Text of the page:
This page last modified 1998 October 11

A Simple LED "red-dot" Finder

There are now a number of unit-power finders, which project the image of either a dot or a reticle onto the sky. These finders are very easy to use and, whilst there are times when the aperture of a conventional finder is useful, I would not wish to be without my red-dot lash-up.

Components

My finders are much simpler than any of the commercial offerings. The essential components are:
A red Light Emitting Diode (LED)
A small convex lens with a focal length of about an inch (25mm)
A piece of tube in which to mount the optical components
A piece of aluminium baking foil for the pin-hole
A piece of plastic to seal one end of the tube
Two AA cells
A battery holder and connector clip
Toggle switch

Theory

The principle of the device is simple: the LED illuminates a pin-hole at the focus of the lens. The eye sees an image of the pinhole at infinity. You use the finder with both eyes open, one eye looking into the lens, the other looking at the sky. Your brain superimposes the image of one eye upon that of the other and the visual effect is that you see a red dot placed on the sky.

Construction

I found a suitable tube and lens assembly in my scrap box – it had originally been an eyepiece in a "Long John Silver"-type telescope.

I needed to experiment to obtain a suitable pinhole. The method I have found to be most satisfactory is to place the foil on a metal surface and to use a very fine needle, which I have honed on a whetstone. I rotate the needle, like a drill, between finger and thumb and use very light pressure. I cut the foil with the pinhole into a disc slightly larger than the brass tube and simply stuffed it into the tube on the blunt end of a large twist-drill which is a close fit inside the tube. The foil is held in place by friction.

I made a plug for the LED end of the tube by heating the tube with a gas torch and using the heated tube to melt a disc out of the end of a black plastic 35mm film can. I made the holes for the LED wires with a heated panel pin.

The components are assembled as shown in the diagram:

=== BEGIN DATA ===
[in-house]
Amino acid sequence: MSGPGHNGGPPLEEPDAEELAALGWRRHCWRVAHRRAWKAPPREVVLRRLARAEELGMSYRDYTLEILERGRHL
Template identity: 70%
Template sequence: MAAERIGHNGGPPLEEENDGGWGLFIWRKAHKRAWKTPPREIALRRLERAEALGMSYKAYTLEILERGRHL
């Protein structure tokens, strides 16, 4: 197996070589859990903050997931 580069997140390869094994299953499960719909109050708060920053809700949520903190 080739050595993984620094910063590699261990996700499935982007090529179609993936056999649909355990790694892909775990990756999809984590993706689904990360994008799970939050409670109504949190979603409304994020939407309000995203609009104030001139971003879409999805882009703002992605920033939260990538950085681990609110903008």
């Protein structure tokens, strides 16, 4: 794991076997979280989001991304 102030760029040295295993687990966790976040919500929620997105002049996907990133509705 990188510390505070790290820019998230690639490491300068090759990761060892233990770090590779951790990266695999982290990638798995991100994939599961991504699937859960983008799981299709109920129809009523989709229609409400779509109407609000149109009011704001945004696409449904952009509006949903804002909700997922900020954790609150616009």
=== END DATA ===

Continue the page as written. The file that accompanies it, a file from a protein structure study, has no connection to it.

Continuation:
The precise positioning of the pinhole is achieved by clamping the finder and sighting at the night sky. The pinhole is properly positioned when there is no observable parallax between the pinhole and the stars when you move your head. The twist-drill makes a suitable tool for pushing the foil back and forth in the tube. The position of the LED is not critical, but obviously it should be reasonably close to the foil.

I made a mounting bracket out of aluminium strip. I drilled this to accept a toggle switch which is wired in series with the LED and the battery. I secured the bracket to the telescope with a 'Jubilee' clip (pipe clamp), but all other parts are held together with 'Gaffer' ('Duck' or duct) tape.

The LED has such little current drain that I am still on my first set of batteries after over 2 years. It is a simple matter to align the finder with the telescope by bending the mounting bracket.

In Use

The first time I used this finder on a telescope, I was thrilled with the ease with which I could locate "old friends" in the sky. The toggle switch is simple enough to operate with gloved fingers. I was so pleased with this simple device that I immediately made another one, with which I can easily polar align my Scotch mount with great accuracy.

Apparently a few people cannot use these devices and find that the dot wanders all over the sky; however, for those of us that can use them, they are an inexpensive and simple route to increasing the ease and pleasure of observing.